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The latest issue of the Property Law Review (Volume 7 Part 2) contains the following material:
EDITORIAL – General Editor and South Australia Editor: Paul Babie
The doctrine of accretion and erosion holds that the littoral boundaries to coastal properties change with the gradual and imperceptible movement of the mean high-water mark. This article examines the extent to which the doctrine applies where erosion is artificially caused. After examining the key authorities and the rationale of the doctrine, the author contends that boundaries should not change where the state causes the erosion of private property intentionally or where it was reasonably foreseeable that erosion would occur. Reasons are also suggested for why the doctrine should not apply where a property owner is restricted by the state from protecting against naturally occurring erosion.
Better Protecting Native Title and Indigenous Land Use Agreements in Queensland: A New Class of Easement? – Tim Wishart and Margaret Stephenson
Indigenous Land Use Agreements (“ILUAs”) are a legal tool created by the Commonwealth Native Title Act to facilitate the making of binding agreements between the “native title group”, including native titleholders and registered claimants, and governments, companies, and individuals. A key concern in relation to ILUAs is how to ensure their continued enforceability where the non-native title party changes, for example where holder of a mining or pastoral tenure transfers their interest to a third party. Of particular concern are Queensland ILUAs between a native title group and pastoralist where the pastoral lease is assigned to a third party. This paper examines the enforceability of terms in pastoral lease ILUAs against assignees of such leases as well as the enforceability of terms by the assignees against the native title group. A range of options, including the creation of native title easements, are canvassed in the search for a workable solution to the problem.
Up in the Air(bnb): Can Short-term Rentals Be Tamed? – Laura Schatz and Rebecca Leshinsky
Short-term Airbnb style accommodation, being short-term rentals (STRs), is now a significant component of “property in the city” across the world and is occurring in nearly all cities across the globe, irrespective of whether this form of housing is legal according to regulations. This article will look at why and how governments are trying to control this activity which, to borrow Karl Polyani’s metaphor, effectively “dis-embeds” properties from local neighbourhoods and “re-embeds” them in a global network of STRs, facilitated by companies such as Airbnb, which reaches into thousands of cities across the world. Using desk-based analysis of government documents, newspaper articles, legislation and case law, industry reports and other online sources, we draw on the experiences of several global cities – focusing in more detail on two Australian cities that have seen a large uptake of STRs, Sydney and Melbourne – to interrogate the motivations for regulation and to identify in what “realm” (eg, land-use planning, property, etc) attempts to regulate STRs are being introduced and tested through case law.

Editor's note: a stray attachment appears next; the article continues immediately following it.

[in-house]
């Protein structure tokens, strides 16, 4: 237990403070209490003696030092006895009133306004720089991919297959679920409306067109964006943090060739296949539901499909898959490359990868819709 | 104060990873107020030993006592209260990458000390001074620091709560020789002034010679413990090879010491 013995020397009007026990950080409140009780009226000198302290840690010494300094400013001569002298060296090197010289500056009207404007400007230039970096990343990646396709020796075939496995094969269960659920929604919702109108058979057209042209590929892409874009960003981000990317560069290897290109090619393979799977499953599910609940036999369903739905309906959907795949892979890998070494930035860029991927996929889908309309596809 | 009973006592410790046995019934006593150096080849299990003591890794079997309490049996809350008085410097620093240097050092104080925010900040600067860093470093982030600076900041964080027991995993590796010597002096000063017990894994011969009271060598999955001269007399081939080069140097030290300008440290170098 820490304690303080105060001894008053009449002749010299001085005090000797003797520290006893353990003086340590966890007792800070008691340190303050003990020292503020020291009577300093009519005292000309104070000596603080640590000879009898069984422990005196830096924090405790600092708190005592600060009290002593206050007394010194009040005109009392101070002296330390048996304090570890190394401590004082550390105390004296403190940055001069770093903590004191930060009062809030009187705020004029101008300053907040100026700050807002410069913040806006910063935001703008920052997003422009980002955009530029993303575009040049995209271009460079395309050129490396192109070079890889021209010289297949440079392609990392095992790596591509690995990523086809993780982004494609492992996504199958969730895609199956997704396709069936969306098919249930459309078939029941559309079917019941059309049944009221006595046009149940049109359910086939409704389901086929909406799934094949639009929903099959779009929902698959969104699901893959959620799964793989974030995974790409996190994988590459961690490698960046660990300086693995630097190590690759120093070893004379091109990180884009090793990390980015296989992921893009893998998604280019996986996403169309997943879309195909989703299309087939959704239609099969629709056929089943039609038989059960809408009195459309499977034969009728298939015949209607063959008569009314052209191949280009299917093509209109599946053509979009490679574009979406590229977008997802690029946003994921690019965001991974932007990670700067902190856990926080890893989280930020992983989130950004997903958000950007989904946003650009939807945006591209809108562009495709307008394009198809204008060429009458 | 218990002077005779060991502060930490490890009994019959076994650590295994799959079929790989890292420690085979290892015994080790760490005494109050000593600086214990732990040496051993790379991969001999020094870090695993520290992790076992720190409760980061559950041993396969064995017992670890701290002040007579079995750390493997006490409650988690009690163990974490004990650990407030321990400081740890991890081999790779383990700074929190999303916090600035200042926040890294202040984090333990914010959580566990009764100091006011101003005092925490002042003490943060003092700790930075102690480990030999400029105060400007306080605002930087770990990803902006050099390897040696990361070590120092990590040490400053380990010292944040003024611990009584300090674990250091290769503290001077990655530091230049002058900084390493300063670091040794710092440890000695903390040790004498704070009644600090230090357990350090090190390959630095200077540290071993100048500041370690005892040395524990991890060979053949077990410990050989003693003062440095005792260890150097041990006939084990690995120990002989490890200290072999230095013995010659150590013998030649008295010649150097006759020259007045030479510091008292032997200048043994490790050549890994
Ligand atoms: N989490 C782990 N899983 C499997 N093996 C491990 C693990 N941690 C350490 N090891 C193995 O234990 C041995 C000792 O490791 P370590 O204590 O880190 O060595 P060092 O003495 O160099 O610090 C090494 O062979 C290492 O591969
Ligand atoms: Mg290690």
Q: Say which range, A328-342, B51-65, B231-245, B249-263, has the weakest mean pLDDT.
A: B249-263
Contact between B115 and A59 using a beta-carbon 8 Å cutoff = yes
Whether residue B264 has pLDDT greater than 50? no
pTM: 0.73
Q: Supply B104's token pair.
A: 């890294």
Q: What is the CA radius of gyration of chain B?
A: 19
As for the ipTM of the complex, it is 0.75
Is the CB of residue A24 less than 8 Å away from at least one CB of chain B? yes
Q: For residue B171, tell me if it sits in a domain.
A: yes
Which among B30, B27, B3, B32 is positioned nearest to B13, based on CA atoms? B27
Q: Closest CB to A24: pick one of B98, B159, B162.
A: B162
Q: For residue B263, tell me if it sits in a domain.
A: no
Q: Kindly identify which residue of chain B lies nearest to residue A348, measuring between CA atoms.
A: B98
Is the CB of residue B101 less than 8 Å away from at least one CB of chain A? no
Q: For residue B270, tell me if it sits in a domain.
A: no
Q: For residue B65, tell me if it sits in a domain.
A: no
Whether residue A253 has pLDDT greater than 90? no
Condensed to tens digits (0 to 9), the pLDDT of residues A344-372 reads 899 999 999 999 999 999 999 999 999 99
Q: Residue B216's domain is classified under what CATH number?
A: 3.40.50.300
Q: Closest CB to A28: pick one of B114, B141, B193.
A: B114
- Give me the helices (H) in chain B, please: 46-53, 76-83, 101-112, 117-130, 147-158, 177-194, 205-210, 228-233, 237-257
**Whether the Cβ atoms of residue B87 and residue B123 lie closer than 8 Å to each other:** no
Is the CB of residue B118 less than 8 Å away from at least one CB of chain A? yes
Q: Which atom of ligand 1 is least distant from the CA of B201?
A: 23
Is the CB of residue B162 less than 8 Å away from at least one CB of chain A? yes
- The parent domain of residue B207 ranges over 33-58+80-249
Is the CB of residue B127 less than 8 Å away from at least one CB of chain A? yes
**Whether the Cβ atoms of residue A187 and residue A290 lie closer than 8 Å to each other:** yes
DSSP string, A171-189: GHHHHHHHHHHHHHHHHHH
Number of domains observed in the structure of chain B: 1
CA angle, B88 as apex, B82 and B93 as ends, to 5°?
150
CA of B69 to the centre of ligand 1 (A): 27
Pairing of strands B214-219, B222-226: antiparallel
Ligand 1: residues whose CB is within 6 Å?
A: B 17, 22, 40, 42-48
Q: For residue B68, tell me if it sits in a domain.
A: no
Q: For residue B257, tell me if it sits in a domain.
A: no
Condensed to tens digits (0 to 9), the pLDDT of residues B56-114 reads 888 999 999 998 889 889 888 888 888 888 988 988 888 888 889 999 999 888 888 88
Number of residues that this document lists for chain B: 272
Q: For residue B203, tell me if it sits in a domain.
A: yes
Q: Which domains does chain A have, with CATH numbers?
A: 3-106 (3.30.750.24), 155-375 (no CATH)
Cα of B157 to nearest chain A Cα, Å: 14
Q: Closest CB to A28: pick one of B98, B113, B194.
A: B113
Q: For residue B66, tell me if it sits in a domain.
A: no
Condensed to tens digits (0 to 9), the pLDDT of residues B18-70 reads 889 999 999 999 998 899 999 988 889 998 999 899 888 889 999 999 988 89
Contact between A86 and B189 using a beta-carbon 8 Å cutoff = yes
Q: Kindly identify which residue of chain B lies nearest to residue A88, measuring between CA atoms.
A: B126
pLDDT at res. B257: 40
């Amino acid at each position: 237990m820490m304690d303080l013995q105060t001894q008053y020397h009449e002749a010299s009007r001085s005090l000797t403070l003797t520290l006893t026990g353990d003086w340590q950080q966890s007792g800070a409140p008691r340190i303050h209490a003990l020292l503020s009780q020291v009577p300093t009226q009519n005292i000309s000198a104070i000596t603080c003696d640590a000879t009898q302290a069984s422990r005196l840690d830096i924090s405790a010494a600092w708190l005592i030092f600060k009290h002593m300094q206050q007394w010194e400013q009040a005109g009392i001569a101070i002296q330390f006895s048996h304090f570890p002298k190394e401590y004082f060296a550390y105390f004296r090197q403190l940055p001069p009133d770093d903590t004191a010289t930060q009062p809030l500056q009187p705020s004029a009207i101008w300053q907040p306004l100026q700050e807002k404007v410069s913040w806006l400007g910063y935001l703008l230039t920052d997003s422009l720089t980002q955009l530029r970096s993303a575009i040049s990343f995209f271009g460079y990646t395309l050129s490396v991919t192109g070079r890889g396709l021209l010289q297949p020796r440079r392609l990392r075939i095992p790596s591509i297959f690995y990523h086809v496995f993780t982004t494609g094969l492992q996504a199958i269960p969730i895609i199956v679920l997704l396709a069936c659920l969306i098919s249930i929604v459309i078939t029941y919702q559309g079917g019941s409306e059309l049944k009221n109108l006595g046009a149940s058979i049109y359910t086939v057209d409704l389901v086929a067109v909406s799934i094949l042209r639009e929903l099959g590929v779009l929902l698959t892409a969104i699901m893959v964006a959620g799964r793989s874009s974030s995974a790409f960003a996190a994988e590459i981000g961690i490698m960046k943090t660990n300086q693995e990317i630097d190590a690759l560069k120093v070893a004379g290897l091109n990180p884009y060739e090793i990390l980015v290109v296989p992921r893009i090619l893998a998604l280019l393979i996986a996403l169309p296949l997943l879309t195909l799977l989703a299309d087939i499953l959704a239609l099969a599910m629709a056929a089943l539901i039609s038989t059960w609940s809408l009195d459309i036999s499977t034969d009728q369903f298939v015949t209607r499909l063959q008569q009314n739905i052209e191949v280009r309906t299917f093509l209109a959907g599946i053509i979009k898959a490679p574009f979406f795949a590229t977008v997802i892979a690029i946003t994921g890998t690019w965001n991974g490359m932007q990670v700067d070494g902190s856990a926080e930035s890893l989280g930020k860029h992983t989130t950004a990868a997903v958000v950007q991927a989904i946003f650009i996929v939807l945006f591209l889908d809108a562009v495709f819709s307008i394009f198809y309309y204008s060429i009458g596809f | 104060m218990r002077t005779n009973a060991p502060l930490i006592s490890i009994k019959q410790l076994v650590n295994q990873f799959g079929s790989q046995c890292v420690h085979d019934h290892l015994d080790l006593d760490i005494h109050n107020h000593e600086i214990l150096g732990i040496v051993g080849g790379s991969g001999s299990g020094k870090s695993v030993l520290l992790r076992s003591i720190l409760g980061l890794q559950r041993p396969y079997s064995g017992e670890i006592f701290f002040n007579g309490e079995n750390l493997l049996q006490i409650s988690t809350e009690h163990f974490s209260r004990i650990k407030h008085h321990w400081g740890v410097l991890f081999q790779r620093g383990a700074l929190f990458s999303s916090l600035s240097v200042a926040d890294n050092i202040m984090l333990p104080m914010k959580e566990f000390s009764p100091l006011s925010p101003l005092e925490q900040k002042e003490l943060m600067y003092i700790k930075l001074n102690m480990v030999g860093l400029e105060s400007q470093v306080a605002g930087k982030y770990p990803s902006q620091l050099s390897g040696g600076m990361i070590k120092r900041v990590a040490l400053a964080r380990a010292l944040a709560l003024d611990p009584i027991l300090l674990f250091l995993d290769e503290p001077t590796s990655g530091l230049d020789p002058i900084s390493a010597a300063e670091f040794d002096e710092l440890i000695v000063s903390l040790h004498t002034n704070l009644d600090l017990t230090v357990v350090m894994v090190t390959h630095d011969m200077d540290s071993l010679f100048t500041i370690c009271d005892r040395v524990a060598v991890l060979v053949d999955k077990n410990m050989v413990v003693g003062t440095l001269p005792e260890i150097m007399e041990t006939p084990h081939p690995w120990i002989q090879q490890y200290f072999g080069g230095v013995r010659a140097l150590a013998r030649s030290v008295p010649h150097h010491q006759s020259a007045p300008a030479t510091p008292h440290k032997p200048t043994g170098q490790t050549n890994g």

- Baseball, Friendship, Law and Property – Paul Babie
CONSUMER ISSUES – Editor: Lynden Griggs
- A Law of Neighbours: Views, Sunlight, and Intervention
SINGAPORE AND HONG KONG – Editors: Kelvin Low and Alvin See
- Recent Developments: Presumed Resulting Trusts, Vitiating Factors for Trusts, Interrupting Adverse Possession, and Abandonment of Leasehold Covenants
UNITED STATES – Editor: John Orth
- Joint Tenancy – Severance – Unilateral Severance without Notice to Other Joint Tenant
SOUTH AUSTRALIA – Editor: Paul Babie
- The Annual Rent Threshold Triggering the Application of the Retail and Commercial Leases Act 1995 (SA)
VICTORIA – Editor: Vanessa Johnston
- Part Performance: When It Is the Context that Counts
For the PDF version of the table of contents, click here: Prop L Rev Vol 7 No 2 Contents.
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